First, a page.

IT PRO’s tech heroes
We look to Sir Tim, Sue Black and other tech leaders for inspiration.
Everyone needs someone to look up to, and IT professionals are no different. The sector has a wide range of truly amazing people genius geeks, brilliant business minds, ingenious inventors who are well worth a bit of hero worship.
Some may well look up to modern leaders such as Steve Jobs, Bill Gates and Steve Ballmer - we'd like to have the latter's public speaking skills, at least - or get historical and look back to the likes of Ada Lovelace or Alan Turing.
Here are IT PRO's top tech heroes - let us know yours at firstname.lastname@example.org.
One of the figures that had a great influence on me as a child was not a technologist in the purest sense, but the author Douglas Adams.
There's no doubt that Adams was a visionary and the link between great science fiction and science was evident in his writing.
Imagine a book that had information, much of it spurious, on pretty much everything. In 1977, Douglas called it the Hitch Hikers Guide to the Galaxy' today, we call it Wikipedia.
A 1990 BBC2 TV documentary called Hyperland, written by Adams, introduced to me and the rest of the audience the concept of Hypertext'. It blew me away. Tim Berners-Lee was coming up with HTML at around that time.
Adams was famously a huge Mac advocate, and yes, he bought the first Macintosh sold in the country (allegedly Stephen Fry was the second).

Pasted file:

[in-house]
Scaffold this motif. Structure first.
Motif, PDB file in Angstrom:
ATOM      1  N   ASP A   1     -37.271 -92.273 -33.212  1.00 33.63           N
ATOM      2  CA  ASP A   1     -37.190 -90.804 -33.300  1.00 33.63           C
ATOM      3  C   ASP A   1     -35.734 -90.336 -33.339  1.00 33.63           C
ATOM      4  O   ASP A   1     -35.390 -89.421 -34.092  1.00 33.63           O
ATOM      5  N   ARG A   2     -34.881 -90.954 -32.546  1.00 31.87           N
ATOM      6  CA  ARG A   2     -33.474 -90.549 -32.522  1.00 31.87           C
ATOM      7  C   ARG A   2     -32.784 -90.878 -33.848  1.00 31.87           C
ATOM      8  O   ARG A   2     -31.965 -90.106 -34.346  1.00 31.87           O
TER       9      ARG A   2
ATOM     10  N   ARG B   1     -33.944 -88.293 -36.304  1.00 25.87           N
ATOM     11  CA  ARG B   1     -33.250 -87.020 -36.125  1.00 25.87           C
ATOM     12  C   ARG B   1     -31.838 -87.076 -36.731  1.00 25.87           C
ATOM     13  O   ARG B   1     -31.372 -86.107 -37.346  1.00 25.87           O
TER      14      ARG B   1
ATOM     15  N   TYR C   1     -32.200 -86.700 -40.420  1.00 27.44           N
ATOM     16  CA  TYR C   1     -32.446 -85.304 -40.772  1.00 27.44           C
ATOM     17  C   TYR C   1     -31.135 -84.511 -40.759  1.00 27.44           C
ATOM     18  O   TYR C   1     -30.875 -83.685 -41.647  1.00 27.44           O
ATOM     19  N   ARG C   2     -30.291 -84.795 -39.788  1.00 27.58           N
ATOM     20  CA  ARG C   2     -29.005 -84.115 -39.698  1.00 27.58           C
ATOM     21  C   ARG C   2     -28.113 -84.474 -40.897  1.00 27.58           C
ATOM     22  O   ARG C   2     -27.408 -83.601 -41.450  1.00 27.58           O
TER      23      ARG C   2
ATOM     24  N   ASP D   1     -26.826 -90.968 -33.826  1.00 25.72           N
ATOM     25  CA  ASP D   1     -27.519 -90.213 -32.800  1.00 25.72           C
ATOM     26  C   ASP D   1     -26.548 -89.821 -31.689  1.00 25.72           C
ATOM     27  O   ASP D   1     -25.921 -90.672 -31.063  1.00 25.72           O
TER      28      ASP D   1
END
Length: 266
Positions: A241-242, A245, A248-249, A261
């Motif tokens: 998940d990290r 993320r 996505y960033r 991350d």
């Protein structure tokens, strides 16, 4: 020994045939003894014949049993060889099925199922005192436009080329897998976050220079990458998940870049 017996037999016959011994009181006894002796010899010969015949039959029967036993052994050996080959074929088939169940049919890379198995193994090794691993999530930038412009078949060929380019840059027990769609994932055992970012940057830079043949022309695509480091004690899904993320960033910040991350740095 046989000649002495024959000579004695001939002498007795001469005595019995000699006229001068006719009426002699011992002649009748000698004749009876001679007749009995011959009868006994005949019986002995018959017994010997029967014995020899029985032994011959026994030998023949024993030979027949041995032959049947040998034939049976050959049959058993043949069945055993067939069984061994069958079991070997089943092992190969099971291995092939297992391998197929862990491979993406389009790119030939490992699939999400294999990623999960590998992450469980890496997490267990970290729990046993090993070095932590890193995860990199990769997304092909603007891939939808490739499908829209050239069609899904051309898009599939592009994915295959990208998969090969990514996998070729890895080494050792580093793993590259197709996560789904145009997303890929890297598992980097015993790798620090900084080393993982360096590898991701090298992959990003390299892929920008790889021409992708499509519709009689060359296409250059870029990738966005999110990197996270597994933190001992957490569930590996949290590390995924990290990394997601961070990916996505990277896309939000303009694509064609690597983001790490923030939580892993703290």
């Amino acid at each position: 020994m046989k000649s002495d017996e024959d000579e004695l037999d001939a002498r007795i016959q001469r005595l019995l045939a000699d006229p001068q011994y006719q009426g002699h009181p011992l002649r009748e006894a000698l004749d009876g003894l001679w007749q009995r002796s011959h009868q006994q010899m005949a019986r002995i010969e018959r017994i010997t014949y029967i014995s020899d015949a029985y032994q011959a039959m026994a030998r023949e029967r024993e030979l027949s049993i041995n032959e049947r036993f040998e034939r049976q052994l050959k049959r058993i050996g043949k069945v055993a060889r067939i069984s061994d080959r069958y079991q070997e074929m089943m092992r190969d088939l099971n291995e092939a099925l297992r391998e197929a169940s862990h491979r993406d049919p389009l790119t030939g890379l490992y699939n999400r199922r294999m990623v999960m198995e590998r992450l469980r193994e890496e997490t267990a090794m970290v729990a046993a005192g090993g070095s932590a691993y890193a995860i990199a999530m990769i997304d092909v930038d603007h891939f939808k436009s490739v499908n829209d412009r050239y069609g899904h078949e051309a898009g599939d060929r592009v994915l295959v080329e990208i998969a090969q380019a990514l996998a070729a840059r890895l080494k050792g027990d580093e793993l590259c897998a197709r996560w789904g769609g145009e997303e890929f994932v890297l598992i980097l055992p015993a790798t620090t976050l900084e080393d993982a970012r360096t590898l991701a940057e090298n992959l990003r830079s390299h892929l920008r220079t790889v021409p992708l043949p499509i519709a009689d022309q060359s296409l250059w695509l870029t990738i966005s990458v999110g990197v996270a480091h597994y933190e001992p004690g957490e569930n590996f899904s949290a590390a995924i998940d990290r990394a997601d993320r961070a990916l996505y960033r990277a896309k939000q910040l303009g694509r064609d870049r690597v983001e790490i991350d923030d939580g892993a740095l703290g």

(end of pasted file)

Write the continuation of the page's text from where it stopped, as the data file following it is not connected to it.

He loved the purity and human touch of the Mac, and while he got to use and praise the first version of Mac OS X he sadly never got a chance to play with the iPod, a device he no doubt would have gone gaga for passing away in May 2001, just four months before it was introduced.
His influence in tech culture is writ large IBM named its 1988 chess computer Deep Thought' after the planet-sized computer that came up with 42' as the answer to Life, the Universe and Everything is but one example.
Adams was always immensely quotable and it is with one to which we can all relate that I will end with "Technology is a word that describes something that doesn't work yet." - Benny Har-Even
In This Article
Unlocking collaboration: Making software work better together
How to improve collaboration and agility with the right techDownload now
Four steps to field service excellence
How to thrive in the experience economyDownload now
Six things a developer should know about Postgres
Why enterprises are choosing PostgreSQLDownload now
The path to CX excellence for B2B services
The four stages to thrive in the experience economyDownload now